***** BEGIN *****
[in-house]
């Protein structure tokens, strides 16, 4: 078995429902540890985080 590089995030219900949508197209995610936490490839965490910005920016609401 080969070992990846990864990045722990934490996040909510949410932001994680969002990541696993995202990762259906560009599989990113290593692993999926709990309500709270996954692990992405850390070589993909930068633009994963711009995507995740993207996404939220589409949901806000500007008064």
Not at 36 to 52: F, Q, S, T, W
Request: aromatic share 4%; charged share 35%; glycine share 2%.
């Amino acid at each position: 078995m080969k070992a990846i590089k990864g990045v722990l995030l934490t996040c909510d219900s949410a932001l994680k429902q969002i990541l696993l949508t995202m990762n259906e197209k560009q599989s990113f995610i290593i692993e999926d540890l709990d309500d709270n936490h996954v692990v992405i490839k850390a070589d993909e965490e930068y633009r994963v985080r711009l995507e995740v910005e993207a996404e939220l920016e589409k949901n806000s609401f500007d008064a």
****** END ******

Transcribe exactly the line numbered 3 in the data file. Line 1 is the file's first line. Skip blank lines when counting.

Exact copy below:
Not at 36 to 52: F, Q, S, T, W